*Cycling with Critical Mass today at 5:00pm. Location: Zakir Tikka Restaurant, Sarwar Road, Lahore Cantt.
*Dialogue on Theory of permanent revolution and its relevance for Pakistan today from 12:00pm-3:00pm at Labour Party Lahore office: 25A Davis Road. Speaker: Farooq Sulehria, a prominent Marxist writer.
With an eye on fun
Can the new portal “Eye on Lahore” show a new direction to the youth
By Aleesha Hamid
‘Eye on Lahore’ is the first youth portal to be introduced in Pakistan. Created in January 2011, by Shahnawaz Zali, a student of Aitchison College, this website aims to build a student community, bringing all schools together on one platform and connecting them through a single link. The ultimate objective of the portal is to “enhance young people’s participation in public life and to contribute to their active citizenship”.
Eye on Lahore (EOL) serves as a platform where students all over Lahore can interact with each other via blogs, reviews, polls etc. It offers online internships and counselling for university admissions, both services tapping into a huge demand in the youth community.
Understanding the youth mindset, the creator of this portal is careful not to make it sound too serious. He realizes that young people are attracted to fun and entertainment and so the website ensures that anyone visiting the site finds something of interest.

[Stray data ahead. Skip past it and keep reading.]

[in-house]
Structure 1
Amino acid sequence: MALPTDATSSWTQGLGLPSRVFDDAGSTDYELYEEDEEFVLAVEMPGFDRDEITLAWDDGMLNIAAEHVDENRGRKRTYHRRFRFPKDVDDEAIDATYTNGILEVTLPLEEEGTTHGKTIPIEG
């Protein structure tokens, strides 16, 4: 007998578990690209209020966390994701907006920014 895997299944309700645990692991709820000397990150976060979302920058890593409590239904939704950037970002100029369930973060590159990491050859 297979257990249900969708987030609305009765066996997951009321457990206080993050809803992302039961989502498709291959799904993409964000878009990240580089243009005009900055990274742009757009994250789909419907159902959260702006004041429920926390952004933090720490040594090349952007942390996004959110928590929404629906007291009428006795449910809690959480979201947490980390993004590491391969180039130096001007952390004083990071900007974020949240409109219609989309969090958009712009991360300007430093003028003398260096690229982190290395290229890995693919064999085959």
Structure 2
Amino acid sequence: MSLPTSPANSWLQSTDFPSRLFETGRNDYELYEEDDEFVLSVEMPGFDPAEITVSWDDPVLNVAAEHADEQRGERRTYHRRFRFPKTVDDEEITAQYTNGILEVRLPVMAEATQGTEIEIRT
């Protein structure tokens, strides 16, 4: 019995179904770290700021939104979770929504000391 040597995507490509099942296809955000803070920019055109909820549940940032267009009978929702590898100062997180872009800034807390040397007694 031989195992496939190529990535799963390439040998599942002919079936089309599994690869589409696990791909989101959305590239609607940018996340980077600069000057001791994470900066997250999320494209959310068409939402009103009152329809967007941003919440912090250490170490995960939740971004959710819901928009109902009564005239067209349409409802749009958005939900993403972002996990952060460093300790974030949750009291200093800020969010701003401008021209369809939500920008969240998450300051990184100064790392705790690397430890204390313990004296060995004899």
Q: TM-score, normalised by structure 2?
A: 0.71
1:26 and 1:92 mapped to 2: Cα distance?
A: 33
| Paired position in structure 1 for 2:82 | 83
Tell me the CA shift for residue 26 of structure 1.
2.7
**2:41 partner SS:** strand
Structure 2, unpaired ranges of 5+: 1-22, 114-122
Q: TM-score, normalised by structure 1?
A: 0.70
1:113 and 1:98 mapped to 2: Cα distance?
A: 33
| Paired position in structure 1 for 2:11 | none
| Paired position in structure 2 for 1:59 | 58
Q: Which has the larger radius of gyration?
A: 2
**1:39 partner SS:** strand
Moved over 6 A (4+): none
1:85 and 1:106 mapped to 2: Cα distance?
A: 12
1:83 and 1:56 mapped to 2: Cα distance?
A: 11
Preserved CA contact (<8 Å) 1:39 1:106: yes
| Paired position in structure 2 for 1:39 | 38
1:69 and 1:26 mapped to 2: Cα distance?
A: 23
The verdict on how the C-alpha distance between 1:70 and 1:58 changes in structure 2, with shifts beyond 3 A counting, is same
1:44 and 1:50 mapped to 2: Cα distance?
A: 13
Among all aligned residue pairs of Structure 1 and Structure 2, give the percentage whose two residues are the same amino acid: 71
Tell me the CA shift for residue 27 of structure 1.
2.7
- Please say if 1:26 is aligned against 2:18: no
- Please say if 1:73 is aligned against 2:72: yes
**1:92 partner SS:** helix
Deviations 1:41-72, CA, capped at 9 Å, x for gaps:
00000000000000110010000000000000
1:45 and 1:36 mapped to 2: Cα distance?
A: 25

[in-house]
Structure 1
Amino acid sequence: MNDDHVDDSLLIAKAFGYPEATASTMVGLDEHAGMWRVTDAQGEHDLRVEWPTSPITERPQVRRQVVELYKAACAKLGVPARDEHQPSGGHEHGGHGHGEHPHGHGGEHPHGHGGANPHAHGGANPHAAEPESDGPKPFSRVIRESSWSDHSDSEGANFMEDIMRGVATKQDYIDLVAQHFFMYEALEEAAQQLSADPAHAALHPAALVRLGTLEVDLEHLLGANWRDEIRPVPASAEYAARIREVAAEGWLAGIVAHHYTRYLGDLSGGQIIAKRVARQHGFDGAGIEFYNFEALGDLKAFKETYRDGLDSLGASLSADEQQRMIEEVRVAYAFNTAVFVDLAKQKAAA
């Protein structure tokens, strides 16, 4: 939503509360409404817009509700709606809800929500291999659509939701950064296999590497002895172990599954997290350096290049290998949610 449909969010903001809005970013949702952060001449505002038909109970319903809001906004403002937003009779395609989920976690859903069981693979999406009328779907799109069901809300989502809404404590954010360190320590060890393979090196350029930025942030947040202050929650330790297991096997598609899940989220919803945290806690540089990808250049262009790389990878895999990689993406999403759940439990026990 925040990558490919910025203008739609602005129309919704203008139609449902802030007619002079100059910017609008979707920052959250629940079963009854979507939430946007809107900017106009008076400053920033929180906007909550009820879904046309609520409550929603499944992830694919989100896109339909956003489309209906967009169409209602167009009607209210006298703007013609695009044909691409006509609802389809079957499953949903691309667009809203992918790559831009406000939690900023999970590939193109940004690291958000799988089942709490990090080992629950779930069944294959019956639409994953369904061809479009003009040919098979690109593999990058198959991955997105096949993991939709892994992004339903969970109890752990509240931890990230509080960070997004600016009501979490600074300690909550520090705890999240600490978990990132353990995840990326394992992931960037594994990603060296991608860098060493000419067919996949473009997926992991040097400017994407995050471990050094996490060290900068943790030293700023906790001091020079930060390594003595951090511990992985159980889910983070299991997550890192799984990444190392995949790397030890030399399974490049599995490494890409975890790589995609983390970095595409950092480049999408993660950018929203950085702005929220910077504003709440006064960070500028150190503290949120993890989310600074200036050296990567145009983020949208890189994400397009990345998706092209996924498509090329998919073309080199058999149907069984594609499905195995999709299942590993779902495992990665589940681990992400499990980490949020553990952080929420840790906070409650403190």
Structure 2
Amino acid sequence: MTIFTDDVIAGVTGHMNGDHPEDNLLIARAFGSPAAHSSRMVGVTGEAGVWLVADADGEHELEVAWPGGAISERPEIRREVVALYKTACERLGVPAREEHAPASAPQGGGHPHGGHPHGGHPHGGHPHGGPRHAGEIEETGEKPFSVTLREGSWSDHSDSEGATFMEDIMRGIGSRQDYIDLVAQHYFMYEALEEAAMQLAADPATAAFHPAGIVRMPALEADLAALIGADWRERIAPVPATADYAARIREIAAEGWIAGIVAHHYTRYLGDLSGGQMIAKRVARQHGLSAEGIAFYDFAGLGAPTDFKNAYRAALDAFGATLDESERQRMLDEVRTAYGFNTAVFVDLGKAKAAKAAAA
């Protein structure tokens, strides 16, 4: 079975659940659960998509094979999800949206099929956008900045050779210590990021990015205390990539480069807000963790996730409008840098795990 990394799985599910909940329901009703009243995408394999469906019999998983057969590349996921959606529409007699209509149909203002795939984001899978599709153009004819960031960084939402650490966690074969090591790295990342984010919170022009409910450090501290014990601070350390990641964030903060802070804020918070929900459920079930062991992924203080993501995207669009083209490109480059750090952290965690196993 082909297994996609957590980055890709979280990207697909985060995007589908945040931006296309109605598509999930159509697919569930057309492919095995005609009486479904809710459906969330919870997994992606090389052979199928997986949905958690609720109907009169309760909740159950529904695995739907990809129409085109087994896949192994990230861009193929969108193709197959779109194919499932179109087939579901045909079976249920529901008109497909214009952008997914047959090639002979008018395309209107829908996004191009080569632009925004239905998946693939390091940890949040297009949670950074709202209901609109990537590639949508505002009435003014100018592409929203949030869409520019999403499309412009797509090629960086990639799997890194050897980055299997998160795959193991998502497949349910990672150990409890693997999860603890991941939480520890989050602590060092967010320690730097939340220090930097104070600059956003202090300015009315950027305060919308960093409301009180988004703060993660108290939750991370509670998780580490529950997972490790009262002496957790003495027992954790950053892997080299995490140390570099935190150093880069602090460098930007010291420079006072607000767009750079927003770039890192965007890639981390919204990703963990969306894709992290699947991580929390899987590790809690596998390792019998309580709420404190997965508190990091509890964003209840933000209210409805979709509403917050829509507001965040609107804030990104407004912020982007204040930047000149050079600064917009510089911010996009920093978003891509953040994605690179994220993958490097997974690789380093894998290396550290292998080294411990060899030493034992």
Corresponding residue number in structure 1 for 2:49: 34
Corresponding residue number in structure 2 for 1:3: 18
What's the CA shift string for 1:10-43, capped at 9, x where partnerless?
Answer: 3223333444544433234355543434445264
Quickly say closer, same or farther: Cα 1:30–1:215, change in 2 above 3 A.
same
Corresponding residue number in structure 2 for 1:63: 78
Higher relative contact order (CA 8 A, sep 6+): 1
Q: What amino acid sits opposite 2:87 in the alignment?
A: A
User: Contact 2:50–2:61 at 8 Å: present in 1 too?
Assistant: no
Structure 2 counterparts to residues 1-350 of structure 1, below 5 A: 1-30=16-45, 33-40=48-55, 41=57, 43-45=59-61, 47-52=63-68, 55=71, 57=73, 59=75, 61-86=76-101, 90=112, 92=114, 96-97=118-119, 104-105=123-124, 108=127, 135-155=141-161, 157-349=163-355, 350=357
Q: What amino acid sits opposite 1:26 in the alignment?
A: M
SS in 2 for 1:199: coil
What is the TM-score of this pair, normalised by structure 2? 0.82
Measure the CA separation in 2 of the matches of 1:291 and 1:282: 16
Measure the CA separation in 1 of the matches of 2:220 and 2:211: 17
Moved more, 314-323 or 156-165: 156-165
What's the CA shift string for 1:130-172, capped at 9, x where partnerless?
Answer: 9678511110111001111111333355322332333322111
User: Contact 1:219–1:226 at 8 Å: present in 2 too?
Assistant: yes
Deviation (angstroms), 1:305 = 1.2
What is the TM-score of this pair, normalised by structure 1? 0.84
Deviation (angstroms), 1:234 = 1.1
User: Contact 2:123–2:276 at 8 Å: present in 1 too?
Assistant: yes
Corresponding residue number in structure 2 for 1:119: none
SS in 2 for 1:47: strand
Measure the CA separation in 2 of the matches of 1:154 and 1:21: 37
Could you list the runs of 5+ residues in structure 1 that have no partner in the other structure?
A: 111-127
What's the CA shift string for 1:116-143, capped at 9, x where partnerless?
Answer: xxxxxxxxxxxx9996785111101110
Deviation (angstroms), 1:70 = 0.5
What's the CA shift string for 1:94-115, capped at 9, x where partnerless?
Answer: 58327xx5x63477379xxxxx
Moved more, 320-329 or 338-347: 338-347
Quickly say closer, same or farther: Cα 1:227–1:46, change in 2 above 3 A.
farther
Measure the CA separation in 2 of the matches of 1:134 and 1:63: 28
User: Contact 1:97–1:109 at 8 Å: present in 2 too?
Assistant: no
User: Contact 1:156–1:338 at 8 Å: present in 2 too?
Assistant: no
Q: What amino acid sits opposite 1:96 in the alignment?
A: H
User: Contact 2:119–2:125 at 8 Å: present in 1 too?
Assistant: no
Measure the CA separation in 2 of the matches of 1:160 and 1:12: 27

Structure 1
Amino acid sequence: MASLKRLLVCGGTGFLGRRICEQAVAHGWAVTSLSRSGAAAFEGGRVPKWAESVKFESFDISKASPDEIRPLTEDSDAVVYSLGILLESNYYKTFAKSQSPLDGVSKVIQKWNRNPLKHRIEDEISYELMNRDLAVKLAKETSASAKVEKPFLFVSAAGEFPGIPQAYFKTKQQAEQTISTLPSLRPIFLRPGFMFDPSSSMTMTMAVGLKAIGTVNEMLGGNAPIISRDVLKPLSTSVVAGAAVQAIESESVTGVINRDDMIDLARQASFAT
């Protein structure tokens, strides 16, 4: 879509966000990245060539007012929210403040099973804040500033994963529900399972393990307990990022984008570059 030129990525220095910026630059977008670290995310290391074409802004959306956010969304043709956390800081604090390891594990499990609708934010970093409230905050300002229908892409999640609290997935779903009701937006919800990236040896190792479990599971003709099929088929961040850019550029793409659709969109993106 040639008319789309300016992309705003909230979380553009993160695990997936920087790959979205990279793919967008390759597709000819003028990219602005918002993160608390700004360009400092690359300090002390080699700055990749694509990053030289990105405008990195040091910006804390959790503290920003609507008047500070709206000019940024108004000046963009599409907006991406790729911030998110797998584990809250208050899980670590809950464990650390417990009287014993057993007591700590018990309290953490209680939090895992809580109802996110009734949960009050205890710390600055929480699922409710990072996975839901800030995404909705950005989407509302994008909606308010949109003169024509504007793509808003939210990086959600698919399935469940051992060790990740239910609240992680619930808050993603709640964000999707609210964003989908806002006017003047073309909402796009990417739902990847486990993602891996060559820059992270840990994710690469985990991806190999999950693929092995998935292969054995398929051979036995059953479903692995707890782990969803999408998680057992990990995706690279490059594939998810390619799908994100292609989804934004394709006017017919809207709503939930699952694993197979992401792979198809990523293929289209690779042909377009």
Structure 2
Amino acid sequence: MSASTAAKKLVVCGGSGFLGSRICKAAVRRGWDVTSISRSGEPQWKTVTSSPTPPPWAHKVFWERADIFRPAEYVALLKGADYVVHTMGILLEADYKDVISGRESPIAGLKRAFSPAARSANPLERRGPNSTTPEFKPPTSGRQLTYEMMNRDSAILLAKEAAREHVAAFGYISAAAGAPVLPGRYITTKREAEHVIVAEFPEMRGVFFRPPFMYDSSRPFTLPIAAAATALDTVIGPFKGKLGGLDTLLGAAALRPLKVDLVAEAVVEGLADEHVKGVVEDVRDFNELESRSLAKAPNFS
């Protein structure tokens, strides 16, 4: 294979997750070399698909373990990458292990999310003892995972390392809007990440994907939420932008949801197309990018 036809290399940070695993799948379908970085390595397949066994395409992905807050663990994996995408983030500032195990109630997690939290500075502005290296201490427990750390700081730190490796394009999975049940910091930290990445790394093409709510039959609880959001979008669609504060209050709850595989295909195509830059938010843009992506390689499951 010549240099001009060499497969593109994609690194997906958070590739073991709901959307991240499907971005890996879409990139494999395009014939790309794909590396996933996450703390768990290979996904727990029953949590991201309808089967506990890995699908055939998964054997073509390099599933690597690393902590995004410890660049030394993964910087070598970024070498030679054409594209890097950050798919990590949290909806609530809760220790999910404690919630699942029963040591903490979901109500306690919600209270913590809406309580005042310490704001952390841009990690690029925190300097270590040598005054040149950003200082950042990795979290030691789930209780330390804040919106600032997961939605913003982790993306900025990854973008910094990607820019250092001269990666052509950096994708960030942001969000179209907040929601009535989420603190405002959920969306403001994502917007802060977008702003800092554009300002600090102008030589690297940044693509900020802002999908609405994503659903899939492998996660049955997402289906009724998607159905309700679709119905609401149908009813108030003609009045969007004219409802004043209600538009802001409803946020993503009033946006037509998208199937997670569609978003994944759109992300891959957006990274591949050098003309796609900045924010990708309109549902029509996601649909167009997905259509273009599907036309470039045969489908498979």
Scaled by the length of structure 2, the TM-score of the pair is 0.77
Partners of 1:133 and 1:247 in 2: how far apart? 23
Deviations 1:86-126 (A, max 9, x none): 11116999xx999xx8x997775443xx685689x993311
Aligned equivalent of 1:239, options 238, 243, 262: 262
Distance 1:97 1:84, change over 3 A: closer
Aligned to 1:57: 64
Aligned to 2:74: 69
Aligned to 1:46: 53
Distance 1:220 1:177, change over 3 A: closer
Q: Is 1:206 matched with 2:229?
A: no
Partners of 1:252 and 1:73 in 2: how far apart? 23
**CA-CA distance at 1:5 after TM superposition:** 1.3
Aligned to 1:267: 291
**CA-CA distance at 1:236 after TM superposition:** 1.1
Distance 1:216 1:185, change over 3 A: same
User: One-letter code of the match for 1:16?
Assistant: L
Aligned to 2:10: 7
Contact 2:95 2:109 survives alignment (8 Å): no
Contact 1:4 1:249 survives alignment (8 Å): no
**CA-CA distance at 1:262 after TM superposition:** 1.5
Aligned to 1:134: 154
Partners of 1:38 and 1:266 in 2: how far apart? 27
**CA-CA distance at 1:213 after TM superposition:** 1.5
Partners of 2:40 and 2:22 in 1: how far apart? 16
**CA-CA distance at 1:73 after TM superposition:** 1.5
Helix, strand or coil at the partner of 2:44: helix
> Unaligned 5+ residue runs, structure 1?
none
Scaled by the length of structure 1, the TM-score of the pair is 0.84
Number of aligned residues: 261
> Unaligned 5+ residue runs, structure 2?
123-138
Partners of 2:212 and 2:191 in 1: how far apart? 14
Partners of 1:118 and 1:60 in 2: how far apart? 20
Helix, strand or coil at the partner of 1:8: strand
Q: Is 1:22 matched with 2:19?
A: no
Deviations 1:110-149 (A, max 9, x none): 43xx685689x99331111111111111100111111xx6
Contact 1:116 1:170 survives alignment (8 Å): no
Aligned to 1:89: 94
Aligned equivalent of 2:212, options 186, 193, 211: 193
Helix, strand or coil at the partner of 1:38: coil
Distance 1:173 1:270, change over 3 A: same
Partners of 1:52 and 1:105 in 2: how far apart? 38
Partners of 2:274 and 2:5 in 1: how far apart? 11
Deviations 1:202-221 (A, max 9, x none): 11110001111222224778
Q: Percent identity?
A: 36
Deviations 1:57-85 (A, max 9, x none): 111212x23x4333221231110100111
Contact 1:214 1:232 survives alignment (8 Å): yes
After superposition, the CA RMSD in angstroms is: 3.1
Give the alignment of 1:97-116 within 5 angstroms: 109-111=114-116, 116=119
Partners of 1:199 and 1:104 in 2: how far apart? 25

Even the intriguing name was chosen to trigger the curiosity of casual web-surfers. There are play and movie reviews as well as information on events taking place in the city such as parties, events and charity drives. The website also organises online competitions in various fields like photography, filmmaking, art and music. It promotes underground artists and provides a platform for them to showcase their talent.
It appears that the strategy has been successful as the site has received more than 12,000 hits in six months and the number is growing. According to Zali, it is receiving hits from even outside of Pakistan. This has encouraged him to expand the scope of the portal. Collaboration is already underway with three other youth organisations namely, Next Generation Pakistan, Independent Living Foundation and Moral Majority which works for women’s rights. At the end of August a magazine is going to be launched and an ‘Eye on Islamabad’ is in the pipeline! There are also going to be inter-school competitions to increase interaction among students.
Although Zali does, rather modestly, state that this is his way of giving back to society, he is quite unapologetic about the fact that Eye on Lahore is a business venture. Still a student himself, he is already a successful businessman. EOL has attracted support from several sponsors and his team members are given incentives which may not be monetary but still attractive enough to interest them. “If people work, they have a right to party,” he says, and it appears his team agrees. He has a talented editorial team and representatives from schools all over Lahore.